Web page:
This presentation is one of a six part series on eye health. This one has a focus on diabetes and its effect on the eyes. Tune in to hear how the eyes can indicate diabetes and how diabetes can affect the eye.
Question: Is it possible to never lose or have a decrease in one’s vision? And what would a diabetic eye exam entail?
Dr. Coney: I tell my patients, particularly those that have not had any vision loss. There’s no reason you need to have any vision loss. If you keep your appointments, because if I diagnose you early and diagnose you on time, I can preserve your vision. For a diabetic exam we need to see behind the eye. We can see what’s going on behind their eyes simply by just making a pupil bigger. We give ’em a couple drops that they sit in the office for about 15, 20 minutes, the eyes get bigger, they become dilated. And then we can take a look behind the eye.We can see diabetic retinopathy even before there’s any vision loss, we can see the calories dropping out. We can see the blood vessels growing. We can see all these things.
What type of foods are good for vision?
Dr. Coney: Well, you know, the carrot is good for the eyes because there’s beta keratin that we need for the eyes. But the most important thing for the eyes are green, leafy vegetables such as collard green scale broccoli, spinach, typically the larger the leaf, the better it’s for the eye, because they have antioxidant properties and they can slow down the aging process. Typically we recommend this for macular degeneration patients because they have a normal aging process of the center, part of the eye where those antioxidants are very high over time. And it destroys the back of the eye. That’s why it’s called degeneration. Other things for the eyes are fish. Eat the omega-3 or the fatty fish, the one with the omega threes, such as the salmon, the tuna, the herrings.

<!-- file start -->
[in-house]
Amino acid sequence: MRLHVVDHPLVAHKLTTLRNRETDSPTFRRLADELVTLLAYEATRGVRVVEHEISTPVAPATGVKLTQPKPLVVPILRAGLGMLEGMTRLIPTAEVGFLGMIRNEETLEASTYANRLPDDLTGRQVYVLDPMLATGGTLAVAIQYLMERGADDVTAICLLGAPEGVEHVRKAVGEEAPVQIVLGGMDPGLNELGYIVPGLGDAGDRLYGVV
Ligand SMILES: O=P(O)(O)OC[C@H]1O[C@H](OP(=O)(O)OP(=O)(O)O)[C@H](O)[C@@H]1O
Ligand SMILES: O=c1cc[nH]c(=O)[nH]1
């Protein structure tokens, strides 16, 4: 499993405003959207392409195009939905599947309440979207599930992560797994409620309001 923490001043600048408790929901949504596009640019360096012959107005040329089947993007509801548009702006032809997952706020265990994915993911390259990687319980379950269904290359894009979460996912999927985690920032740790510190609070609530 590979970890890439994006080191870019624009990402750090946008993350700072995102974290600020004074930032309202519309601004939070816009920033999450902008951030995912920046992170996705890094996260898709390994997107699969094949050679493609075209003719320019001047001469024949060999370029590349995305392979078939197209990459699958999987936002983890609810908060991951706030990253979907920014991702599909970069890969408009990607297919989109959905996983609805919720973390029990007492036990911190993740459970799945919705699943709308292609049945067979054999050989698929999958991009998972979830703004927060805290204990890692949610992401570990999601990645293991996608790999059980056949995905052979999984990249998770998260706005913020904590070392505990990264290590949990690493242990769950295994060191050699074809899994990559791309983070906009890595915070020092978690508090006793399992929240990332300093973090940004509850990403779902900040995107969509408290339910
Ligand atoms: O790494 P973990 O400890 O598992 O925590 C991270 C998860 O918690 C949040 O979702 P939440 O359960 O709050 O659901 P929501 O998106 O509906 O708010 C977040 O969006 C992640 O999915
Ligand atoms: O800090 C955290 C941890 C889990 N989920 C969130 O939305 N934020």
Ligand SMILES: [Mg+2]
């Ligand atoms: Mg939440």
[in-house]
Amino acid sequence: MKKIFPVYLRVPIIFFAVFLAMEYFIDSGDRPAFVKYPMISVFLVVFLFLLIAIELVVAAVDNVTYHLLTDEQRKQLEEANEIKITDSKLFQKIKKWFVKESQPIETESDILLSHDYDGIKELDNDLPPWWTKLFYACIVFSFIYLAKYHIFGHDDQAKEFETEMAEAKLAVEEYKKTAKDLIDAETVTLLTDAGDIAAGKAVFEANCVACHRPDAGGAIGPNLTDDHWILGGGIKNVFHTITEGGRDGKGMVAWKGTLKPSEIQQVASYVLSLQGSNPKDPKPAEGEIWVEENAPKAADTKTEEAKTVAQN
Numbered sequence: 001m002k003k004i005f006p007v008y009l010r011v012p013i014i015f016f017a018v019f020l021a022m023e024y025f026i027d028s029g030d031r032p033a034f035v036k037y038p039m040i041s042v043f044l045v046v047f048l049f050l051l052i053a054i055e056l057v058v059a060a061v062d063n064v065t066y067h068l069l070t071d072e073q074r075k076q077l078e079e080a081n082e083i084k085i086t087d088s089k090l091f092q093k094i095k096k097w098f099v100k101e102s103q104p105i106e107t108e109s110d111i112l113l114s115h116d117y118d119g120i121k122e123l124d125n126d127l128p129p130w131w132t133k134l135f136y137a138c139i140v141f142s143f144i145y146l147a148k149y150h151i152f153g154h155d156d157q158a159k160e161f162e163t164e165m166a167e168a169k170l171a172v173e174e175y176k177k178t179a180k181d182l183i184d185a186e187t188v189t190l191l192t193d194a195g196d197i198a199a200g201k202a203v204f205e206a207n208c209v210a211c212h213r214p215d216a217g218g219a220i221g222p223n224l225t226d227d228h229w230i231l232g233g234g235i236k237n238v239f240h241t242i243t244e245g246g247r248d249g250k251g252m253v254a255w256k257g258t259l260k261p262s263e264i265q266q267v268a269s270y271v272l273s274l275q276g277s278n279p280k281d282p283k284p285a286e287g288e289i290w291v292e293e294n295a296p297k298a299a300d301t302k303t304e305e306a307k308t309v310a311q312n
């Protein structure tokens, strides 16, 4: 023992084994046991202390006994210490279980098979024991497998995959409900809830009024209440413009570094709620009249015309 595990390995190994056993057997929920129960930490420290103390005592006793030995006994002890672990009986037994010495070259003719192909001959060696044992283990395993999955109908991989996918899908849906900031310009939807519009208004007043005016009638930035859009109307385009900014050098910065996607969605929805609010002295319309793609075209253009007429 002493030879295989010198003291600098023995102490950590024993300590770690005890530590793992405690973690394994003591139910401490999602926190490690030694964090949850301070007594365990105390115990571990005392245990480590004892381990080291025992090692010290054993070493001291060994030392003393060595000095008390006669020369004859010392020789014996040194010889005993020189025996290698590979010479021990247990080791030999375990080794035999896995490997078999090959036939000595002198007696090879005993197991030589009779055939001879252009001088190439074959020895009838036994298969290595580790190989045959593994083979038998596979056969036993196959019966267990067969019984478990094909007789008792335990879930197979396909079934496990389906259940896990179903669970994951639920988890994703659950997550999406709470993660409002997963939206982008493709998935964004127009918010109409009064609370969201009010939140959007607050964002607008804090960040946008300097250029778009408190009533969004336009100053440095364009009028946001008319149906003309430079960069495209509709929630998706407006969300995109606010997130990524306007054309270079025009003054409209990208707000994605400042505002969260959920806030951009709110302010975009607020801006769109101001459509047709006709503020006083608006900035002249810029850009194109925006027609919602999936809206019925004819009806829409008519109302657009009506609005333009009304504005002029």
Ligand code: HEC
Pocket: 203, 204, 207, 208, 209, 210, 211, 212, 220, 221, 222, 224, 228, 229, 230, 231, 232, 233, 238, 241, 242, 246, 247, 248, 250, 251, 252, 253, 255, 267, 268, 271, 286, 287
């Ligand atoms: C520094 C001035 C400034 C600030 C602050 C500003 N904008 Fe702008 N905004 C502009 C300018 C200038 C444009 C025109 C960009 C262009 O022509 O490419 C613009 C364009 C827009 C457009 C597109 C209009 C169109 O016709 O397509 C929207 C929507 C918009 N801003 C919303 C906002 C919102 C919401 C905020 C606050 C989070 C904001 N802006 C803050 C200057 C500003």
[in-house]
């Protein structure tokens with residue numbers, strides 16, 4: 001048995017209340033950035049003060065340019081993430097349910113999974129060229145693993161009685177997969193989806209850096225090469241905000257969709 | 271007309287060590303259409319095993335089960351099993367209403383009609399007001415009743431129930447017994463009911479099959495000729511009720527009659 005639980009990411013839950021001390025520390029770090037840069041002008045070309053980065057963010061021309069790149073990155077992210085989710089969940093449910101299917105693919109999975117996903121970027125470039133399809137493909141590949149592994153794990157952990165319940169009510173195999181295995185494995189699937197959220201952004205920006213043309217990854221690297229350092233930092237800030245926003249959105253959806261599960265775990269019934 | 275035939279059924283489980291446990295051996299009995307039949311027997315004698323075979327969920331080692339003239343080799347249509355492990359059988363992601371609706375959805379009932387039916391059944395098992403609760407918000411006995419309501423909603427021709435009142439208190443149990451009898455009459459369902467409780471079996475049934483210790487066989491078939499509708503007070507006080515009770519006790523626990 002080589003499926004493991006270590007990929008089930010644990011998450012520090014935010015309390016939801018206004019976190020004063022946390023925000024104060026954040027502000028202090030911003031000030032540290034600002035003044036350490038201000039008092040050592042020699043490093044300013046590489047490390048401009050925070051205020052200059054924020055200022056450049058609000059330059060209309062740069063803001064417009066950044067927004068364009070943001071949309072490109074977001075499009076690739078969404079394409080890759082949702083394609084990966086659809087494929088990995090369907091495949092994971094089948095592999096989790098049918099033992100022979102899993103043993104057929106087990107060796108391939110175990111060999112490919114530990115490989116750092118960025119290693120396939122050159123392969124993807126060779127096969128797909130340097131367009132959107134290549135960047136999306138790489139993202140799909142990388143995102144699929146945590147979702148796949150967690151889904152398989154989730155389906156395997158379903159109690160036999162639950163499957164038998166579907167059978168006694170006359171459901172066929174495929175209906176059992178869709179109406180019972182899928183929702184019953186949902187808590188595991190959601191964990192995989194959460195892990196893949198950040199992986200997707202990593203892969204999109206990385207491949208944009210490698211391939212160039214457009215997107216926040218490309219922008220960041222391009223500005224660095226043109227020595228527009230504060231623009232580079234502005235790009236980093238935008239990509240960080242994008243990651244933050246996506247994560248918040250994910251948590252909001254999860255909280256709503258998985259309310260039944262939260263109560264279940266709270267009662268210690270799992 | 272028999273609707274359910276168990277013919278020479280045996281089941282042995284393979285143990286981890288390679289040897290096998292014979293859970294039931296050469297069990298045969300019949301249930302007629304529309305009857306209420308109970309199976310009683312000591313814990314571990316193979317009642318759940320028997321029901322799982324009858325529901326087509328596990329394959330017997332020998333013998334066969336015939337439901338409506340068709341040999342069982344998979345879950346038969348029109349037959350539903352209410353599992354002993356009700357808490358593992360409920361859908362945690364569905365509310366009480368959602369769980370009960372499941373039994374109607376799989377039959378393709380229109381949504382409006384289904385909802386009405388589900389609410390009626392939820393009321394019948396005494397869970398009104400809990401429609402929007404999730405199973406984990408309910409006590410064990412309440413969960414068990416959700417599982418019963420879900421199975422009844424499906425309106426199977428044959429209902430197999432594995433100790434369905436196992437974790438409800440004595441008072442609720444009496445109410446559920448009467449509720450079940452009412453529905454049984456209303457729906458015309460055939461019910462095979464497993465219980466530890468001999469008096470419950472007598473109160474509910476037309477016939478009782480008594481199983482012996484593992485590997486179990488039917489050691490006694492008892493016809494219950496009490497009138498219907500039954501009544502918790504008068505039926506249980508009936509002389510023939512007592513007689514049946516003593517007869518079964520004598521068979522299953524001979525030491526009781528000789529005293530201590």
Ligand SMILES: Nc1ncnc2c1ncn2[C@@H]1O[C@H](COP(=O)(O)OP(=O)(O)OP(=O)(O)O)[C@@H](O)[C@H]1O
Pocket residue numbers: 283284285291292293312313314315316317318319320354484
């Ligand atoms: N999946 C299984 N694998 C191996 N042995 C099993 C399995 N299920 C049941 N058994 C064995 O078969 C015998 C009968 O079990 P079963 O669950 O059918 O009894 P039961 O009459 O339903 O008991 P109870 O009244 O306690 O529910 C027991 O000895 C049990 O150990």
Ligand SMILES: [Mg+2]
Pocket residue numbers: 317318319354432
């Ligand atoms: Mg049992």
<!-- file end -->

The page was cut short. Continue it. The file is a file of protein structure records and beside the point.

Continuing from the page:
What kinds of things should be done to protect the eyes during the summer?
Dr. Coney: People always wanna know, is there anything protective they can do for their eyes? People wonder if the blue light from the computer is affecting their eyes. I get that question a lot. Unfortunately, we don’t have the clinical data that suggests what long term effects blue light has. You have to take a break. So I use the 20, 20, 20 rule, every 20 minutes look, 20 feet away. Look at an object for about 20 seconds that will relax those muscles. That’s really, really, really important. We know that ultraviolet light is also very damaging. Particularly UVA and UVB, UVB are known for being the worst for around the skin and the eyes. You wanna make sure you purchase glasses that say UV protection, glasses that block at least 40. I think it’s 490, nanometers. That also means UV light. That means it’s blocking 99 to a hundred percent of that UV light polarized glasses are different polarized glasses doesn’t mean that you’re blocking UV light. It has to be said that in there there’s two separate ways to make those glasses, but polarized glasses are basically decreasing the glare that comes in your eyes.
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